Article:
Page 128 - MODES of EXPLANATION

Basic HTML Version

“The realist seeks the ontological commitments of our best scientific theories. The
view that the physical world consists of a natural, pre-given and pre-descriptive set of
laws, entities, properties, and relations is usually called scientific realism. And,
according to the realist, the aim of science is to give a literal and objective description
of such a world, and its present success can be seen as a token of the performance of
these efforts. He holds that science eventually secures more and more knowledge
about the world as it is in itself, and hence knowledge about a world of invisible
things and properties. Likewise, the realist position is very often identified with the
thesis that the theories that at the present time are considered the best are closer to the
truth than earlier ones, and that the central terms of our best current theories are
genuinely referential.”
Where realists and constructivists differ is not on the role of models (as defined above), but
on the role of representations and descriptions, including those that may be derived from
models and their use. The constructivist will assert that a representation/description is a
human construct and is thus one step removed from that which might be called “real.” Thus,
the constructivist may share the creationists’ apprehension about evolutionary theory being
proclaimed as a representation of “the mechanism” or “truth.” The realist, by contrast, sees
no basis for such an apprehension. As Neubert (2008) says:
“We cannot know what the real really is without incorporating and assimilating it into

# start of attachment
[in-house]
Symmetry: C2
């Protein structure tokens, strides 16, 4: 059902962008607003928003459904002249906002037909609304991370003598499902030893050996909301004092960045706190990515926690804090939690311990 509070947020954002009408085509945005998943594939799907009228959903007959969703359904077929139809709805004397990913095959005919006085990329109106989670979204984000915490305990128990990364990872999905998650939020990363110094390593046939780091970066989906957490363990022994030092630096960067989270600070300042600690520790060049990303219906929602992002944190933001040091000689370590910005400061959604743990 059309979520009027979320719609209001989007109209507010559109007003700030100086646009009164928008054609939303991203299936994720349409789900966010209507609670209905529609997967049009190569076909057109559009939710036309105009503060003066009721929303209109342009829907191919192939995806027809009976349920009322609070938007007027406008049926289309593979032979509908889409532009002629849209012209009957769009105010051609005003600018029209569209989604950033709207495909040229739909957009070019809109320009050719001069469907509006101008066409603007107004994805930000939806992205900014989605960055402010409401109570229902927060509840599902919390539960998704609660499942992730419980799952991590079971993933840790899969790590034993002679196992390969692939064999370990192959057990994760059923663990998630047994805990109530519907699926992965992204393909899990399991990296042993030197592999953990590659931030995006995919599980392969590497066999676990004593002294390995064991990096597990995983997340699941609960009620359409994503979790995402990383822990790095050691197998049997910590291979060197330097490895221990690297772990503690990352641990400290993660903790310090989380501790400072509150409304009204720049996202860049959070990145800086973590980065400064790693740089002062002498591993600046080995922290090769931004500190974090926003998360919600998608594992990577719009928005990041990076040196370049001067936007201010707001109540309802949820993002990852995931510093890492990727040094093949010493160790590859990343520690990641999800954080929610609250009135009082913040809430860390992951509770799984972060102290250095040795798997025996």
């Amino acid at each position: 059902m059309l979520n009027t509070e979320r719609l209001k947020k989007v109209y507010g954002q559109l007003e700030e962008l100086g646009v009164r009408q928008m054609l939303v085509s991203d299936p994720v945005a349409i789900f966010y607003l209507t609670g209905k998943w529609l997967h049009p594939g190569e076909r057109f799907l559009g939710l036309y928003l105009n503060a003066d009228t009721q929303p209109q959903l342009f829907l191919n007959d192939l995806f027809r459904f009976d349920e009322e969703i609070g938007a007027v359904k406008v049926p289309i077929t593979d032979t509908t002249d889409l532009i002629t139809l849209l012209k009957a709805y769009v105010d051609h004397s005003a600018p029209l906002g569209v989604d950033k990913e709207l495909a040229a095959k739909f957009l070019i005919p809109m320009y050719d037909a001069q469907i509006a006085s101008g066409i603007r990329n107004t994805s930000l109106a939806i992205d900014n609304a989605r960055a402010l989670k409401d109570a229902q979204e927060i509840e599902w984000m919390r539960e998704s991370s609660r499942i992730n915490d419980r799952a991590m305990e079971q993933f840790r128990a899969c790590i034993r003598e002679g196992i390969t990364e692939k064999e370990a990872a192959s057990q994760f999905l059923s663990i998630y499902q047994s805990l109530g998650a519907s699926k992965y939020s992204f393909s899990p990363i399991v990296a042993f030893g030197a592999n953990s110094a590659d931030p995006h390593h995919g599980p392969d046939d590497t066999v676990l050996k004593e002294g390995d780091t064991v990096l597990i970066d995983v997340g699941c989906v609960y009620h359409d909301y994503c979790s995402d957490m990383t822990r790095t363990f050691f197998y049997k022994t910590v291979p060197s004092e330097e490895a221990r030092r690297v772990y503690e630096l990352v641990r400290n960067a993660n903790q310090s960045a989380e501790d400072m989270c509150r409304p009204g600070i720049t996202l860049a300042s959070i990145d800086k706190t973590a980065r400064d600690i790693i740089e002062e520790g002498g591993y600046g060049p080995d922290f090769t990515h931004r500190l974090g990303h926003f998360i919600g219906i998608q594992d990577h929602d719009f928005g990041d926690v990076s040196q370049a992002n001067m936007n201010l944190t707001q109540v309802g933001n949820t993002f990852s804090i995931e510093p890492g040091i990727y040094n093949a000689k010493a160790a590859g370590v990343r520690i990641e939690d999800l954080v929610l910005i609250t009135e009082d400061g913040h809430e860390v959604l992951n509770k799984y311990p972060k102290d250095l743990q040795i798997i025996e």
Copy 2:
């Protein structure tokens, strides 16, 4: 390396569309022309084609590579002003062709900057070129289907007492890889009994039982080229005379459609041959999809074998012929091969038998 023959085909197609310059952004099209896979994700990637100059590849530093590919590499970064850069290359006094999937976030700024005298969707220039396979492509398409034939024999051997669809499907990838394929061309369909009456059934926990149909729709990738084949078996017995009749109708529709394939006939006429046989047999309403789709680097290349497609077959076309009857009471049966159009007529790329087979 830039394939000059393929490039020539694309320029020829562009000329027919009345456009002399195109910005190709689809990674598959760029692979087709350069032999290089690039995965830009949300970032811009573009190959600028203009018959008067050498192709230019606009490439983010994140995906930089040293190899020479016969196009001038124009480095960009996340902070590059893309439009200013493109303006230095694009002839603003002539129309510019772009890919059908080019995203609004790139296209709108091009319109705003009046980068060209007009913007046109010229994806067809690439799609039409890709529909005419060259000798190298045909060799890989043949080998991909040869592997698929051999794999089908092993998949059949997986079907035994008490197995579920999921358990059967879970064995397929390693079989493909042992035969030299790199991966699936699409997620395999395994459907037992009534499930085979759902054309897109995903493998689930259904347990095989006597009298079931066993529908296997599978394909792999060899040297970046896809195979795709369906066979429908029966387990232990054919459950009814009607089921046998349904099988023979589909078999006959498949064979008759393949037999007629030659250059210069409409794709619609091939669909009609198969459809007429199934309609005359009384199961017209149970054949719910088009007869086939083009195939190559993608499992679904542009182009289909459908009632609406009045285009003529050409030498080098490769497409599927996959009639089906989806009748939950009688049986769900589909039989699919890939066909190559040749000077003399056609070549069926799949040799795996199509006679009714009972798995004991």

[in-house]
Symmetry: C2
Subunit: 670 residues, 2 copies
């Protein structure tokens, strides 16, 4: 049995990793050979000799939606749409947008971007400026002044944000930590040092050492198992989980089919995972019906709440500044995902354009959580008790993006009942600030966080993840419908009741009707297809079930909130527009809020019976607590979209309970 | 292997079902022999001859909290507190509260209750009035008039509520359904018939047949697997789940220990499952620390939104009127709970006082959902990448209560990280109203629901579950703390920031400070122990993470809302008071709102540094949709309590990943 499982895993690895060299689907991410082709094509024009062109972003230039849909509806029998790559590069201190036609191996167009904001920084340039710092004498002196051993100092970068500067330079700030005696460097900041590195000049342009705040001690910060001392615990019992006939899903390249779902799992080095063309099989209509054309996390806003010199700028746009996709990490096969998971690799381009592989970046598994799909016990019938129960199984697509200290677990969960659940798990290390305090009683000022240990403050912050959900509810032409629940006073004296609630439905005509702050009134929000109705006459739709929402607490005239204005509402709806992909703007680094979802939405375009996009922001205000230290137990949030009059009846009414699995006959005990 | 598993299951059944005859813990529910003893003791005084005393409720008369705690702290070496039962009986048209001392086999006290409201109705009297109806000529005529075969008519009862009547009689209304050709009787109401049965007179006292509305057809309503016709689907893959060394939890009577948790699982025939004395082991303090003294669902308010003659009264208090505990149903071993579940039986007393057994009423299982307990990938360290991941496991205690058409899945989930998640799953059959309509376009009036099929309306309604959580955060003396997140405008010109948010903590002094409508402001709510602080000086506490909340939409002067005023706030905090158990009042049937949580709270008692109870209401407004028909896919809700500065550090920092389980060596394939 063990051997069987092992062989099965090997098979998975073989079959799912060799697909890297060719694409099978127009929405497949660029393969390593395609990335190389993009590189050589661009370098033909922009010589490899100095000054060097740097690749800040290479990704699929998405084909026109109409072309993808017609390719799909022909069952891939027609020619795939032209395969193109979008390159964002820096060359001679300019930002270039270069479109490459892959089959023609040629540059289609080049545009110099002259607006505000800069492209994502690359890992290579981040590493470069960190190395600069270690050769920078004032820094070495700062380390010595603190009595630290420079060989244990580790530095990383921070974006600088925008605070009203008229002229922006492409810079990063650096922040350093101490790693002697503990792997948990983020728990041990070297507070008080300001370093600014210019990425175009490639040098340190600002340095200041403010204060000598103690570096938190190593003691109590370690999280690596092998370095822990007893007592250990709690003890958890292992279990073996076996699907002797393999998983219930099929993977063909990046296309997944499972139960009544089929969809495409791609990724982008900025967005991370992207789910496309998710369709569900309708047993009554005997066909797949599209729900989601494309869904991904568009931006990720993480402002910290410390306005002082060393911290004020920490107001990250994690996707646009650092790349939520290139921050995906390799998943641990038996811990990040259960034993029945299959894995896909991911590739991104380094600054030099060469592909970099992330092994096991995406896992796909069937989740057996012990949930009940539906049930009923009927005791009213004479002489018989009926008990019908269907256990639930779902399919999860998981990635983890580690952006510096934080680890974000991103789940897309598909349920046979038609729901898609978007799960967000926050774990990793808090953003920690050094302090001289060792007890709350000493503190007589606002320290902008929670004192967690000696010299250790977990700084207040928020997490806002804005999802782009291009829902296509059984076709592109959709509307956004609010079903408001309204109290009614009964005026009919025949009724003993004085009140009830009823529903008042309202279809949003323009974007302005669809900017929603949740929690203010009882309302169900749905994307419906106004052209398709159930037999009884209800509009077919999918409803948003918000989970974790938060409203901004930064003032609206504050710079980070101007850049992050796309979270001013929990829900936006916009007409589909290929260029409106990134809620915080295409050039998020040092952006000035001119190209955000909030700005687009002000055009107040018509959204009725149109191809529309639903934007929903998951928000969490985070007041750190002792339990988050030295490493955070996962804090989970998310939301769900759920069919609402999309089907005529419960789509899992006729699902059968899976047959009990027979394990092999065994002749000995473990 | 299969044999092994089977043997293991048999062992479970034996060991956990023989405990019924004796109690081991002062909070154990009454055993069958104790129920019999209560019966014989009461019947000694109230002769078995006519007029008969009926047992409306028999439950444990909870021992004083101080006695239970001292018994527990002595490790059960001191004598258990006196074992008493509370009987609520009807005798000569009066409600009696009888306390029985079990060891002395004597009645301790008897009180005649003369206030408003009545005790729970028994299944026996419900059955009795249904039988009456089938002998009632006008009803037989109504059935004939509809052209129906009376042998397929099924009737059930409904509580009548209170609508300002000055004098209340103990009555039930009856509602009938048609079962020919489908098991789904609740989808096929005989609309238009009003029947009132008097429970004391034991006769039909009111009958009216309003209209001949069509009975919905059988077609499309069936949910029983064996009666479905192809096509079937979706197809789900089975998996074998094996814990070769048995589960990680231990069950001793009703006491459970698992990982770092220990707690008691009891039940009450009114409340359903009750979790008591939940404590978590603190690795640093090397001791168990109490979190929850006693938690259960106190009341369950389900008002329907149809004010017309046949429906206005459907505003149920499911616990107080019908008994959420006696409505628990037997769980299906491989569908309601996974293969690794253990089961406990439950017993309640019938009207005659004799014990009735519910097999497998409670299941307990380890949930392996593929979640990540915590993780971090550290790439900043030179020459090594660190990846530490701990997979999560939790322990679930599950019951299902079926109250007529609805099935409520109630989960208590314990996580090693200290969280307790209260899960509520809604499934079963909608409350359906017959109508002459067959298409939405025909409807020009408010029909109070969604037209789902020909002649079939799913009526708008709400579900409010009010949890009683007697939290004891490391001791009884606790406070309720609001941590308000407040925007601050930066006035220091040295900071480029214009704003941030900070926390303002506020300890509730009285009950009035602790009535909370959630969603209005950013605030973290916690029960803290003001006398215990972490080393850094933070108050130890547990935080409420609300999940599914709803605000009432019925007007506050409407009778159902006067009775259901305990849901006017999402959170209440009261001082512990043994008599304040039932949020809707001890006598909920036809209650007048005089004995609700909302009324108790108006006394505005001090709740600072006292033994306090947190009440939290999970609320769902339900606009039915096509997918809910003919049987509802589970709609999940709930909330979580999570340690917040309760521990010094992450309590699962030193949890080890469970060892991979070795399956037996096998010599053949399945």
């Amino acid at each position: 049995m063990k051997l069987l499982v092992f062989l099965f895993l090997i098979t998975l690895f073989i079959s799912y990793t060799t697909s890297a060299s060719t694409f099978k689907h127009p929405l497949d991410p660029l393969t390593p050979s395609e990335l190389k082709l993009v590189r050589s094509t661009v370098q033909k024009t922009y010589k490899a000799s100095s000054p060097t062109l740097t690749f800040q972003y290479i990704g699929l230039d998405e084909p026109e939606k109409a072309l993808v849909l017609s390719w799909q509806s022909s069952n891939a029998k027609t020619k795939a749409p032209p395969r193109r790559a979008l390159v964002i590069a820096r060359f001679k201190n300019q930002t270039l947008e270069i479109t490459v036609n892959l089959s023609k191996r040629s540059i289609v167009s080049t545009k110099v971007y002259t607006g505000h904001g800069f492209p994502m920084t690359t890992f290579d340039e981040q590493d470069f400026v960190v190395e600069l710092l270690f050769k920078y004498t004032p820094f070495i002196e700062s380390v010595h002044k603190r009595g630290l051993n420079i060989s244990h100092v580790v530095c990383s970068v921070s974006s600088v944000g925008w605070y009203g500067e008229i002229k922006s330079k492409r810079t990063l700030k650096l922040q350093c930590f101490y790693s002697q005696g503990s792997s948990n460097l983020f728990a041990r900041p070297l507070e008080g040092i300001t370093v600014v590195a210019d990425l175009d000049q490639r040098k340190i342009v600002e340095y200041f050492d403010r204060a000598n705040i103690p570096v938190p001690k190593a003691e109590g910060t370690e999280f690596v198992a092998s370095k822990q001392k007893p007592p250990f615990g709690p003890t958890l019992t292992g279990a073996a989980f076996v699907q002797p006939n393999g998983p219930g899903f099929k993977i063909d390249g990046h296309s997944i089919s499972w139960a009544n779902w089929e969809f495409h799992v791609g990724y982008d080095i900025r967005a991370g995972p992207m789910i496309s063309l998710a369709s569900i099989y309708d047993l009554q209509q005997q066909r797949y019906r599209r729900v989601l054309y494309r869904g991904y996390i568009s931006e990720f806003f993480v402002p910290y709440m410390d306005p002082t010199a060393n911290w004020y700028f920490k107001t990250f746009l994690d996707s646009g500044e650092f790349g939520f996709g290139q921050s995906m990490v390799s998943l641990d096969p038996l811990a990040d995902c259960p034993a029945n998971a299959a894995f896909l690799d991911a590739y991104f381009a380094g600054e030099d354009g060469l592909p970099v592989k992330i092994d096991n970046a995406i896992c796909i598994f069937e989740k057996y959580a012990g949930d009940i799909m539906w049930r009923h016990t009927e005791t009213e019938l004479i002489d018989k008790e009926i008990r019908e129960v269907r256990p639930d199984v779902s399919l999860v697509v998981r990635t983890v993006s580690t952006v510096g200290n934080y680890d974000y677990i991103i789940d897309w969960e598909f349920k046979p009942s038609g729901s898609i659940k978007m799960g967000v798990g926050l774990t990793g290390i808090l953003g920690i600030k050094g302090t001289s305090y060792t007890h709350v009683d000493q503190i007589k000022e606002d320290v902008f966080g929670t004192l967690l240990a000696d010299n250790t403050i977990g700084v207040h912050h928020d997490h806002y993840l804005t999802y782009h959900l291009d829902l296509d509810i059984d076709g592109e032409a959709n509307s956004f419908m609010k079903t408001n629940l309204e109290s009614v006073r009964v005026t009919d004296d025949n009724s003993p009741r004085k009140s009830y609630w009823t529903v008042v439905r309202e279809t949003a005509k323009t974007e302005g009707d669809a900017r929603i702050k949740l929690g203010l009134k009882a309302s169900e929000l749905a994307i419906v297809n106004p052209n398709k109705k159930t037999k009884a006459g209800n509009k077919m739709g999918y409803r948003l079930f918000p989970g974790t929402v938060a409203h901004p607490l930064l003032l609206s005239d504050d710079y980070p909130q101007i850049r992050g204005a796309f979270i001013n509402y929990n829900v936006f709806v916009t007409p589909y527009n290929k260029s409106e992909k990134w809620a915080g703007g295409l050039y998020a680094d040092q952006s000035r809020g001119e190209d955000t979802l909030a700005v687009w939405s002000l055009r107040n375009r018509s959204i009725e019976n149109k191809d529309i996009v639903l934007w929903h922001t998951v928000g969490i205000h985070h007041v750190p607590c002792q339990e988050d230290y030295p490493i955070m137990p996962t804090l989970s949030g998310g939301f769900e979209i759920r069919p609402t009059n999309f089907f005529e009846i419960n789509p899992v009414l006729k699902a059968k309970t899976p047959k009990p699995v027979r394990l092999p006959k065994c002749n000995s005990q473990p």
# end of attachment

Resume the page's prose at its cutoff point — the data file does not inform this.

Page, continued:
our symbolic and imaginative constructions of reality. The intrusions of the real that
we encounter in our lives expose the inherent gaps and fissures in the texture of our
realities. Insofar they are as much expressions of our cultural resources as are our
constructions of reality. What can (and cannot) enter our experience and observation
as a real event may therefore differ quite considerably from culture to culture, from
person to person, and even from situation to situation.” In other words, “the real? is
but a construct that we devise in order to remind us that there is a world independent
of our constructions, a world that is never totally absorbed by our observer
perspectives, however sophisticated and refined these may be.
“[T]he epistemology of pragmatist constructivism is subjectivist. Knowledge is
viewed as malleable, and experience is open to multiple interpretations. Knowing, in
pragmatist constructivism, is individually, culturally, and socially framed. There is no
fixed reality waiting to be discovered by diligent analysis. … The only independent
reality is beyond the reach of our knowledge and language.” A known world is partly
constructed by the imposition of concepts. These concepts differ from (linguistic,
social, scientific, etc.) group to group, and hence the worlds of groups differ. Each
such world exists only relative to an imposition of concepts. (Devitt, 1997)
9